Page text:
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States called on to restore anti-smoking funds
ALBANY, N.Y. -- Steve Panetta smoked for 34 years, the last 10 at a three-pack-a-day clip. He watched his father die from lung cancer and his stepfather struggle with emphysema. He tried quitting six times before a state-funded cessation program helped him beat the habit in 2002.
Weekends now find him the guest speaker at anti-smoking programs, exhorting people to quit. He speaks for free and pulls no punches.
"I rub it right in their face," said Panetta, 55, of Troy. "I say, ‘If I could make you feel the way I felt back then for five minutes, then wipe it away and let you feel like I feel now for two minutes, you would throw the cigarettes away.'"
He credits a similar in-your-face attitude in the state's anti-smoking ads and programs for helping him quit.
Now, funding for those TV ads and other smoking cessation programs in New York and other recession-battered states is being slashed, sometimes more than other government programs, despite success and savings in health care costs.
A U.S. Surgeon General's report due to be released March 8 will come down hard on states that have cut anti-smoking funds in tough fiscal times, said Terry Pechacek, who oversees the report as director for Science in the Office on Smoking and Health at the Centers for Disease Control and Prevention.
The report can't result in sanctions, but it has proved to move public opinion in the past to force changes by tobacco companies in how they sell cigarettes, how states fund efforts and how the federal government regulates the trade.
"It is a hard-hitting report and it's going to say, ‘Why haven't we ended this epidemic? Why are we still feeding all these replacement smokers into a deadly industry?"' Pechacek said in an interview while opposing proposed budget cuts in Albany.
"We've been saying since 1964 that we are going to do something about it, and we are basically in a stall," he said.
There are increased federal efforts to cut into the smoking rate. The Food and Drug Administration is planning to spend about $600 million over five years to educate the public about the dangers of tobacco use.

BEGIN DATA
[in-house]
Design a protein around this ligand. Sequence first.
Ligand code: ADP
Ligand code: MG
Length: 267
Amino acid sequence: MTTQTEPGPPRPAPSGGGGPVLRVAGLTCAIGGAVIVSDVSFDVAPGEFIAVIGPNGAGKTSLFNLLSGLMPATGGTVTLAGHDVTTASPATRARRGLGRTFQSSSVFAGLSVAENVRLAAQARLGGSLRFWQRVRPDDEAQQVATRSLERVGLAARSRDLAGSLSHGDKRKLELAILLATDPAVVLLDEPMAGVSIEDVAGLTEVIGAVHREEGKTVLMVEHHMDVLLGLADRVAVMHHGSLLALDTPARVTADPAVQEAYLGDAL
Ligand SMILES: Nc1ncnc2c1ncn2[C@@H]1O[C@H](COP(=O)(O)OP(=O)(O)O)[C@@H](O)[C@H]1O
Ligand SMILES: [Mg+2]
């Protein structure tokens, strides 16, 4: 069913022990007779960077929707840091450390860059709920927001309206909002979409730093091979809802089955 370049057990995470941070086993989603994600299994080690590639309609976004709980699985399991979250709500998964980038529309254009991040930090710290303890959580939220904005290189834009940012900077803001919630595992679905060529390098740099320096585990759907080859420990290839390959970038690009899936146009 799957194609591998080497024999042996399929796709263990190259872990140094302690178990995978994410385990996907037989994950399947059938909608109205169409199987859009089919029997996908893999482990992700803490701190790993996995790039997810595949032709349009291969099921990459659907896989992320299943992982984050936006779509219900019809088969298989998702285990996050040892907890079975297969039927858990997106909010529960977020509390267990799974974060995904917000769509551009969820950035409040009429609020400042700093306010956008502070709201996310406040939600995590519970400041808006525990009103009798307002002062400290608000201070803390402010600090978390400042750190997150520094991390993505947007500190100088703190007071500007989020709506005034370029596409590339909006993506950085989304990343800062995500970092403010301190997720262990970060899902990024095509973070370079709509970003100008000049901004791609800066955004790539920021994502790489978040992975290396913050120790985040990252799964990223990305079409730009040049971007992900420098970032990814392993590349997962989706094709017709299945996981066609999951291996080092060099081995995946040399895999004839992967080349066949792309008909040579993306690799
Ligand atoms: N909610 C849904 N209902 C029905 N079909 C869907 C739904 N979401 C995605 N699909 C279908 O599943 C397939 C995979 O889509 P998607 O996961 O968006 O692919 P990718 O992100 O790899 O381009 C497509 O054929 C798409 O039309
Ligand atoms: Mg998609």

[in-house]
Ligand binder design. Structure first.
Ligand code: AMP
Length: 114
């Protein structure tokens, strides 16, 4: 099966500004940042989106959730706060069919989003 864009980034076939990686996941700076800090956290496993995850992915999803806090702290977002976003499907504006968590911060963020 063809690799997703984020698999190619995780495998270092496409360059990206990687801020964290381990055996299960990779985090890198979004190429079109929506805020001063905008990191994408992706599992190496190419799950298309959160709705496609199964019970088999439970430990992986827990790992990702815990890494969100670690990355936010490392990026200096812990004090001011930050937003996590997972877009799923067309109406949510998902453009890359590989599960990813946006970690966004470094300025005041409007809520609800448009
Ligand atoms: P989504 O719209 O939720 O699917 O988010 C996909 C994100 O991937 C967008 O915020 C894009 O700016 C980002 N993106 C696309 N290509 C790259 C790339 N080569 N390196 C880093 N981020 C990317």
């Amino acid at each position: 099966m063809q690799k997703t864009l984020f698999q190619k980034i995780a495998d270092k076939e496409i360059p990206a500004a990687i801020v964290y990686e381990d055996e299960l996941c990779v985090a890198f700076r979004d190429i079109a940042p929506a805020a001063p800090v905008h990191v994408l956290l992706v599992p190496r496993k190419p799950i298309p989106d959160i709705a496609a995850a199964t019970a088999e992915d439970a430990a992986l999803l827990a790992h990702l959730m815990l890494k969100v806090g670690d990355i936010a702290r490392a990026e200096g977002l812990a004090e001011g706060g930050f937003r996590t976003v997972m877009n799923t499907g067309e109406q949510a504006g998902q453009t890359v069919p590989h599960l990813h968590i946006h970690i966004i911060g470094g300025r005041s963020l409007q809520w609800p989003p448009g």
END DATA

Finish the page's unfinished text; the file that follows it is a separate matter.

The share of Americans who smoke has fallen dramatically since 1970, from nearly 40 percent to 20 percent down to about 46 million adult smokers now. But smoking levels haven't changed since about 2004. Multimedia campaigns are aimed at reducing death and disease caused by tobacco, which is responsible for about 443,000 deaths a year in the U.S.
"It is a real tragedy and penny-wise, but pound-foolish when states cut spending on tobacco control programs," said professor Kurt M. Ribisl of the Department of Health Behavior at the University of North Carolina. "There is zero doubt that well-run state tobacco control programs are very effective in reducing tobacco consumption and tobacco-related disease."
In New York, anti-smoking campaigns are credited with pushing the smoking rate to historic lows of 15.5 percent for adults and 12.6 percent for high schoolers. But Gov. Andrew Cuomo proposes to cut $5 million from the current $41.4 million for anti-smoking programs this year as he contends with a nearly $2 billion deficit. Funding was cut from $80.4 million in 2008-09 fiscal year, a nearly 50 percent reduction when the next-worst hit to any state agency was 30 percent.
Smoking programs have been an easier target politically in tough fiscal times when the alternative is to cut schools or hospitals, but many states also raided anti-smoking funds from a landmark $246 billion national court settlement funds from the tobacco industry for 15 years.